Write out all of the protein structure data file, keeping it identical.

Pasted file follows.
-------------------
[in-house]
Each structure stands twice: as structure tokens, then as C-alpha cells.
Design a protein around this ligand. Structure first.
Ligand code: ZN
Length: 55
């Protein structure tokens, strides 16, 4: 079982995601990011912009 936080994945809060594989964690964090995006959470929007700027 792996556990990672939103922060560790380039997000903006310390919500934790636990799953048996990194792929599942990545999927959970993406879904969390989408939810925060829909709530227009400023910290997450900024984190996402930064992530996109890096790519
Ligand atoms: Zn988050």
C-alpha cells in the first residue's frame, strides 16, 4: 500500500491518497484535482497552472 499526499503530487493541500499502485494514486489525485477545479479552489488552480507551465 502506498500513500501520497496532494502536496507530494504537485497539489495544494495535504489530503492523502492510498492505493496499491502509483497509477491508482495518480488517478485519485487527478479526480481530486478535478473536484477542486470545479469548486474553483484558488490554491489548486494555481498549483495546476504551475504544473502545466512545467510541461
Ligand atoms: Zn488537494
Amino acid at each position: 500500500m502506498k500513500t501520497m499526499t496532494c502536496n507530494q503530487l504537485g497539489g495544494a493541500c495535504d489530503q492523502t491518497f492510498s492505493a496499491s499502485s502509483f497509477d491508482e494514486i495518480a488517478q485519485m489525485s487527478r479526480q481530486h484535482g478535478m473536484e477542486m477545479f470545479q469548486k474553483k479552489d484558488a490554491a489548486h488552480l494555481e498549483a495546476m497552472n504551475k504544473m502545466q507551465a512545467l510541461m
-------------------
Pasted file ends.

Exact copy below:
[in-house]
Each structure stands twice: as structure tokens, then as C-alpha cells.
Design a protein around this ligand. Structure first.
Ligand code: ZN
Length: 55
């Protein structure tokens, strides 16, 4: 079982995601990011912009 936080994945809060594989964690964090995006959470929007700027 792996556990990672939103922060560790380039997000903006310390919500934790636990799953048996990194792929599942990545999927959970993406879904969390989408939810925060829909709530227009400023910290997450900024984190996402930064992530996109890096790519
Ligand atoms: Zn988050």
C-alpha cells in the first residue's frame, strides 16, 4: 500500500491518497484535482497552472 499526499503530487493541500499502485494514486489525485477545479479552489488552480507551465 502506498500513500501520497496532494502536496507530494504537485497539489495544494495535504489530503492523502492510498492505493496499491502509483497509477491508482495518480488517478485519485487527478479526480481530486478535478473536484477542486470545479469548486474553483484558488490554491489548486494555481498549483495546476504551475504544473502545466512545467510541461
Ligand atoms: Zn488537494
Amino acid at each position: 500500500m502506498k500513500t501520497m499526499t496532494c502536496n507530494q503530487l504537485g497539489g495544494a493541500c495535504d489530503q492523502t491518497f492510498s492505493a496499491s499502485s502509483f497509477d491508482e494514486i495518480a488517478q485519485m489525485s487527478r479526480q481530486h484535482g478535478m473536484e477542486m477545479f470545479q469548486k474553483k479552489d484558488a490554491a489548486h488552480l494555481e498549483a495546476m497552472n504551475k504544473m502545466q507551465a512545467l510541461m